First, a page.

Richard Day

I joined the tutor staff at York St John University in 2008 and am currently Head of Year for the first year of the Undergraduate Primary Education Degree. I teach within the English Team and across the Professional Modules, as well as Art (my own degree) and Design Technology, and Creativity.

Prior to beginning teaching at York St John I have taught in Primary Schools in a variety of areas of the Country. My own training was at Exeter, following which I taught in Birmingham, Tower Hamlets, Peckham and York itself. I have been a class teacher across the whole primary age range, but most recently seemed to be based in upper Key Stage Two. I have been subject leader in schools for Literacy and Art/DT and a member of senior leadership teams.

Further Information


As part of my role as Module Director for the undergraduate professional module, Awareness of Learning and Teaching, I am School Experience 1 Director. This gives student teachers their first taste of teaching in schools. I work closely with schools to support the students’ experience.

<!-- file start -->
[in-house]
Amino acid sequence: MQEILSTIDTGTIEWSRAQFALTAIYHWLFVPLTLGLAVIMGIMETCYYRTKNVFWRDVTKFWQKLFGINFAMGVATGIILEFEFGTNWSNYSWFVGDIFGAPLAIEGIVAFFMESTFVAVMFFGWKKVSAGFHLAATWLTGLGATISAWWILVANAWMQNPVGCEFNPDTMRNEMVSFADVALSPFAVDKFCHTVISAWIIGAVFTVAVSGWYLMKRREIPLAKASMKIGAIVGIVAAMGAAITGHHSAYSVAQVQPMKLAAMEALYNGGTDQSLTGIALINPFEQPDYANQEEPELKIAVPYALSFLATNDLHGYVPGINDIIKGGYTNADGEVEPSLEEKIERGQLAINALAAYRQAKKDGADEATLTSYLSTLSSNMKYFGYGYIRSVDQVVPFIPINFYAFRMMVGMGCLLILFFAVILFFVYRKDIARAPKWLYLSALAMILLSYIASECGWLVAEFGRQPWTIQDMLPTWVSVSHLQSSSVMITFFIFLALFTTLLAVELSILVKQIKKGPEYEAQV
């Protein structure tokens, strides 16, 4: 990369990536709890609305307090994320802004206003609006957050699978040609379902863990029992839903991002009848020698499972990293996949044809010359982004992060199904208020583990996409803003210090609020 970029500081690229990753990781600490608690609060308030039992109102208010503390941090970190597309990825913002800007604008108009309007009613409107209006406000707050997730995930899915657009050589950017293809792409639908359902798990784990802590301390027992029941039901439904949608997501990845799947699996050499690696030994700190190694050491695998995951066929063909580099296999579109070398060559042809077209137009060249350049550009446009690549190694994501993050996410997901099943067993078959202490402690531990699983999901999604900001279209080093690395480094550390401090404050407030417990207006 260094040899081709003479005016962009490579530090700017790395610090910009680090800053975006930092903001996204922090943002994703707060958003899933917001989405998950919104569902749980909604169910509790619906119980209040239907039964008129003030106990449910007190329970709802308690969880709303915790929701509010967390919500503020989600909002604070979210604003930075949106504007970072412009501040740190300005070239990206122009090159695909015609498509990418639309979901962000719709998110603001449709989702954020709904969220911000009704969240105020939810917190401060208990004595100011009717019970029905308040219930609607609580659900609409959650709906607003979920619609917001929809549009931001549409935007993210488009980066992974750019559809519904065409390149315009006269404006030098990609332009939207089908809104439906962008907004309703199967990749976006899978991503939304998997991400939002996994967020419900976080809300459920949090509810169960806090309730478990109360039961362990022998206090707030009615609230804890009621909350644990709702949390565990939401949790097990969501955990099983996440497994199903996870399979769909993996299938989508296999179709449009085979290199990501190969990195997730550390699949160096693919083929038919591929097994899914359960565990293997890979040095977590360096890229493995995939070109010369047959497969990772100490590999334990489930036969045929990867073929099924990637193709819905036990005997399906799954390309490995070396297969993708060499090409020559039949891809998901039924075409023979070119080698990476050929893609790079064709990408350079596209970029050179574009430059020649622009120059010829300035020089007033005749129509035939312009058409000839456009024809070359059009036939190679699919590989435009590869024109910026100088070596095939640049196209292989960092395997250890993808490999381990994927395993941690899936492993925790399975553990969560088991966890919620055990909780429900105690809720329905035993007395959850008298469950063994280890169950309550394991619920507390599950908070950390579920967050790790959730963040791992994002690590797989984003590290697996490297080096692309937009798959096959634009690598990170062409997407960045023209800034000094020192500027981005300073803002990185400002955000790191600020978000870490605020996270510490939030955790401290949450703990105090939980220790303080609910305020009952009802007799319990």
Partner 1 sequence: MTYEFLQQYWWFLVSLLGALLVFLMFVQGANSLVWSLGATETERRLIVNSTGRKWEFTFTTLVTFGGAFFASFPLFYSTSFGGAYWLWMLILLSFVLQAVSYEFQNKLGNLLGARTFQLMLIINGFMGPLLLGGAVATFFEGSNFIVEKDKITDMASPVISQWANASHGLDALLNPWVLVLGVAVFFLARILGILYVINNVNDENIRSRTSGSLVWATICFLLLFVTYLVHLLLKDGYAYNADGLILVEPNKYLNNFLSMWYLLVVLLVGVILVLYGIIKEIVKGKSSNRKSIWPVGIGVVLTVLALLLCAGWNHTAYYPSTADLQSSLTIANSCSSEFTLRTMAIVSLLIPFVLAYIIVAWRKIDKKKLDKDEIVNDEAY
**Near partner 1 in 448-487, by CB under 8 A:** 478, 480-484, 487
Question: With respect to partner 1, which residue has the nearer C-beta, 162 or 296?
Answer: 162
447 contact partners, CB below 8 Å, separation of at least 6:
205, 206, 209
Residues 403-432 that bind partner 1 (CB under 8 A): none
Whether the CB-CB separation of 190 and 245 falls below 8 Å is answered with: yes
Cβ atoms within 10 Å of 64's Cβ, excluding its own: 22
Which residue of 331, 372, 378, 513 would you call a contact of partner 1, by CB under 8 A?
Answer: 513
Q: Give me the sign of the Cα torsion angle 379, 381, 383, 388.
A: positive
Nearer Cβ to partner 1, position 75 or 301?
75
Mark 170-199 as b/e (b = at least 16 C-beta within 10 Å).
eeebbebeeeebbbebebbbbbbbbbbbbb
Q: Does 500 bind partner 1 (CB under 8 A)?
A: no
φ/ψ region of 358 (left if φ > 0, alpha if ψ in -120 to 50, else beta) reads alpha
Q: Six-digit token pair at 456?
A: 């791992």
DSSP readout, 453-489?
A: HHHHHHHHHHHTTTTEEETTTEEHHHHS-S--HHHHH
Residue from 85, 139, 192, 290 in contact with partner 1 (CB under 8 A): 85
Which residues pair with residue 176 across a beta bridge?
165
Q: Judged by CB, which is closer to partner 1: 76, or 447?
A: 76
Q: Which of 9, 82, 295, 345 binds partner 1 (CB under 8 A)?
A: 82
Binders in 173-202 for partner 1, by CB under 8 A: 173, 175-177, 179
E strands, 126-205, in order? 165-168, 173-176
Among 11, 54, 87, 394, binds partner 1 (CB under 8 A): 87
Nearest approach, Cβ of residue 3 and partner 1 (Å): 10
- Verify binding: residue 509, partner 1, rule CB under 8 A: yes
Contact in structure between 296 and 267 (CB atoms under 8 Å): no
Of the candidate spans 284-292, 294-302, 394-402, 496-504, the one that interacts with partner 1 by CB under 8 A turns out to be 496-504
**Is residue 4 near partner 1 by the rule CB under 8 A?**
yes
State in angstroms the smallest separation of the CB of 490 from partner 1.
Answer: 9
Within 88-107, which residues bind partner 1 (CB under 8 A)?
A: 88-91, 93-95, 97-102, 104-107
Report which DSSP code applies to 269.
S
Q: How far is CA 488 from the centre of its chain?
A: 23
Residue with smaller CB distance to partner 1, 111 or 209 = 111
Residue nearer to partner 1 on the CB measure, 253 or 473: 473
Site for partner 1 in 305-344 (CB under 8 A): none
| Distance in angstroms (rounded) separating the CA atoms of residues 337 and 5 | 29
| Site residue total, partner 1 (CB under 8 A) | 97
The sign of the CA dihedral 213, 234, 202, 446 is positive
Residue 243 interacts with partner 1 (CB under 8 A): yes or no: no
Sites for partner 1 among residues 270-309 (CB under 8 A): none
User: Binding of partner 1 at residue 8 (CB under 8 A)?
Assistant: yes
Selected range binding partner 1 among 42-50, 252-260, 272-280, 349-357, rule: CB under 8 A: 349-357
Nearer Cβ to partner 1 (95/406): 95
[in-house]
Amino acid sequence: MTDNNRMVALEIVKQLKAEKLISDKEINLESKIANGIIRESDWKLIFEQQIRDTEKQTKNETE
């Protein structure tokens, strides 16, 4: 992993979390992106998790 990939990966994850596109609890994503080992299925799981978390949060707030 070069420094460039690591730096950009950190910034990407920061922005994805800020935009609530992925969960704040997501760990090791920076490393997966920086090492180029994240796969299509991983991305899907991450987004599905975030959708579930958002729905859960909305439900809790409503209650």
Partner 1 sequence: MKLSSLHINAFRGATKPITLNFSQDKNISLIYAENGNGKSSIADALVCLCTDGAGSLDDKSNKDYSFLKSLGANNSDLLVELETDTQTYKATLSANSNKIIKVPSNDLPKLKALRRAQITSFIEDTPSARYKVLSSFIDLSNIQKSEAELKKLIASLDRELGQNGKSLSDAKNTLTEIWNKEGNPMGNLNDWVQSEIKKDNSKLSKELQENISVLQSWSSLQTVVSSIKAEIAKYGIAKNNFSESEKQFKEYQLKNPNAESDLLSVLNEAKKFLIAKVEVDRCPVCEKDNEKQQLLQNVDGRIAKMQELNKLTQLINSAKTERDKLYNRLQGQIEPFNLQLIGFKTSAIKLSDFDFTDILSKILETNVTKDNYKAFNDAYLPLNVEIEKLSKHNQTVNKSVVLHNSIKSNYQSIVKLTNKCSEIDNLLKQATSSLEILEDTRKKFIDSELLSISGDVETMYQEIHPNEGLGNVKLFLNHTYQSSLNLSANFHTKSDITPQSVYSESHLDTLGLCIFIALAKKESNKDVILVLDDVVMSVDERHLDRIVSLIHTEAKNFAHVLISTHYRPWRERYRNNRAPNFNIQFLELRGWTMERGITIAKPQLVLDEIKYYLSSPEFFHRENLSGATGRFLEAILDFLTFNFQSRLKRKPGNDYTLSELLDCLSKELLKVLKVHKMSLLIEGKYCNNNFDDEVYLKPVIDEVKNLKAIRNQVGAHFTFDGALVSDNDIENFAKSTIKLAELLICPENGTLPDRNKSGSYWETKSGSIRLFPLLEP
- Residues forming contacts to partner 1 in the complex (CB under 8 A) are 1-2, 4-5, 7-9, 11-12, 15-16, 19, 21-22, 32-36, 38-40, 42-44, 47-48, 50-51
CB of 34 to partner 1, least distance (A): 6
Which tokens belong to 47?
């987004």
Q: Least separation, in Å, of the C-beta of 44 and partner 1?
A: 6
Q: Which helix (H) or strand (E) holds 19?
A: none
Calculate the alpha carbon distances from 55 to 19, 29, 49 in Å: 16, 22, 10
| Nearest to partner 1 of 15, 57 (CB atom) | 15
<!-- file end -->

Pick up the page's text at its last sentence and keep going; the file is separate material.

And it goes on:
I teach across the second year undergraduate professional module and also the Primary English: Teaching Writing module. I also particularly enjoy being part of the Art and Design Technology module which leads up to an exhibition of the students’ work. I am heavily involved in the Postgraduate programme and teach within two large Professional modules.

It is a privilege to be Academic Tutor for a group of Undergraduate and Postgraduate students, helping support them throughout the various durations of their programmes and into employment.

Whilst employed as a class teacher in primary schools I taught children in Y1, Y2, Y3, Y4, Y5 and Y6 giving me an overview of the whole age range. Latterly I focused heavily in upper Key Stage Two. I have been a marker for the end of Key Stage Two English SATS tests for approximately ten years.


My own current research interests include the characteristics and developing identities of male Primary School teachers. The proportion of males entering the teaching profession is often a topic for debate, often fuelled by society’s attitudes towards gender roles and the perceived needs of children themselves.

I am also interested in the area of Behaviour Management, and how we can best support students during what seems often to be a worrying time in terms of establishing themselves as authority figures in the classroom.

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